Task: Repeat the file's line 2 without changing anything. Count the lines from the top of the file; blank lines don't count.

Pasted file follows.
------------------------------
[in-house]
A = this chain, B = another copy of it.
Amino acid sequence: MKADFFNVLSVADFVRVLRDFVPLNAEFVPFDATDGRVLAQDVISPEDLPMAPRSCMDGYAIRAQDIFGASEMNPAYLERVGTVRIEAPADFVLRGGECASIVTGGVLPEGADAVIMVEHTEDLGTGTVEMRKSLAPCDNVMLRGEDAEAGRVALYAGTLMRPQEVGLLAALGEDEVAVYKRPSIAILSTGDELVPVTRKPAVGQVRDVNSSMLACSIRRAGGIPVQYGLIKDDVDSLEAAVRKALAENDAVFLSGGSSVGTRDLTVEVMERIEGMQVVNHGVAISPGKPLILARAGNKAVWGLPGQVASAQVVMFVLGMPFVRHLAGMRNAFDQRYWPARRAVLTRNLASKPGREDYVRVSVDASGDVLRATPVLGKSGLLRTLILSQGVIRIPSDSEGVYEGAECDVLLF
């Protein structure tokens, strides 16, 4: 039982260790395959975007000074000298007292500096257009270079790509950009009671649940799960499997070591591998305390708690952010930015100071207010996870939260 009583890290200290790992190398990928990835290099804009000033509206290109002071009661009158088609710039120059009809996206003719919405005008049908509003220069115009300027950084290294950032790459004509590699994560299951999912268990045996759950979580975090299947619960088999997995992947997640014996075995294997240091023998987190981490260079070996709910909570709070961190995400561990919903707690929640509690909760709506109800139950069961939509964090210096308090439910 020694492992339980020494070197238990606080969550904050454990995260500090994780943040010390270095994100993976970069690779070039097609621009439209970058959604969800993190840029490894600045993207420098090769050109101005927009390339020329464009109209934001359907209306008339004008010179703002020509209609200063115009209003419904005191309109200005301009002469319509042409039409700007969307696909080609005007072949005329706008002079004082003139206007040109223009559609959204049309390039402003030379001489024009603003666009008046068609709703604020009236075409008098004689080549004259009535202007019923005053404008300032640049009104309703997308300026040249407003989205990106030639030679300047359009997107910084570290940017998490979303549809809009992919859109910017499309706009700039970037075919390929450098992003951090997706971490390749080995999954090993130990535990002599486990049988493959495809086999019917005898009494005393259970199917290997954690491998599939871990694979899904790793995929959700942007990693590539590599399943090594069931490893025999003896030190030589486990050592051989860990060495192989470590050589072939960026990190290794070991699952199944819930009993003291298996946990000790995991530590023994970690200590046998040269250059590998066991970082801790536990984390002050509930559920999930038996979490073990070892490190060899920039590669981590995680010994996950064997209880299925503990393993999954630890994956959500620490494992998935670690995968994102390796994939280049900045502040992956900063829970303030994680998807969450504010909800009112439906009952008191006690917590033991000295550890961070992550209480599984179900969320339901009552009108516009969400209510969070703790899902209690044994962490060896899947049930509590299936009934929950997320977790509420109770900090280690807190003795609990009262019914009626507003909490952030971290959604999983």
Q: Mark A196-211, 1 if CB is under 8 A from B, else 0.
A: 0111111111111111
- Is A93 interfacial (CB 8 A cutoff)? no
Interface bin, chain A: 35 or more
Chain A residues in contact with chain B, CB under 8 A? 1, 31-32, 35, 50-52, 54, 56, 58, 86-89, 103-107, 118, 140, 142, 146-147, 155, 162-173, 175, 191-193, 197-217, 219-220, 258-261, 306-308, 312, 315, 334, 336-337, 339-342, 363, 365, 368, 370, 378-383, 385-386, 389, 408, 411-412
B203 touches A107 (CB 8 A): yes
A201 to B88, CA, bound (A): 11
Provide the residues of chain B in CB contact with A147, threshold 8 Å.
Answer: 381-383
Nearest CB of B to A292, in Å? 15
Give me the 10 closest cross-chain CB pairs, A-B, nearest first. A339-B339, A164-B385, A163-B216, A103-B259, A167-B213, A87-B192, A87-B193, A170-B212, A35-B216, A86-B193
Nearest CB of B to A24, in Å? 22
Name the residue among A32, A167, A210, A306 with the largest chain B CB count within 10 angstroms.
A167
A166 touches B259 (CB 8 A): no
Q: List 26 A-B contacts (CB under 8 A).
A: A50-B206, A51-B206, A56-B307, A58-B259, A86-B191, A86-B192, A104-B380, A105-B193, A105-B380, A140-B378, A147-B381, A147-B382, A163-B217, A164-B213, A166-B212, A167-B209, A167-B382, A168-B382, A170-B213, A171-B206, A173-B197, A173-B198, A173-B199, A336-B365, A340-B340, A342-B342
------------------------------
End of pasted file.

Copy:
A = this chain, B = another copy of it.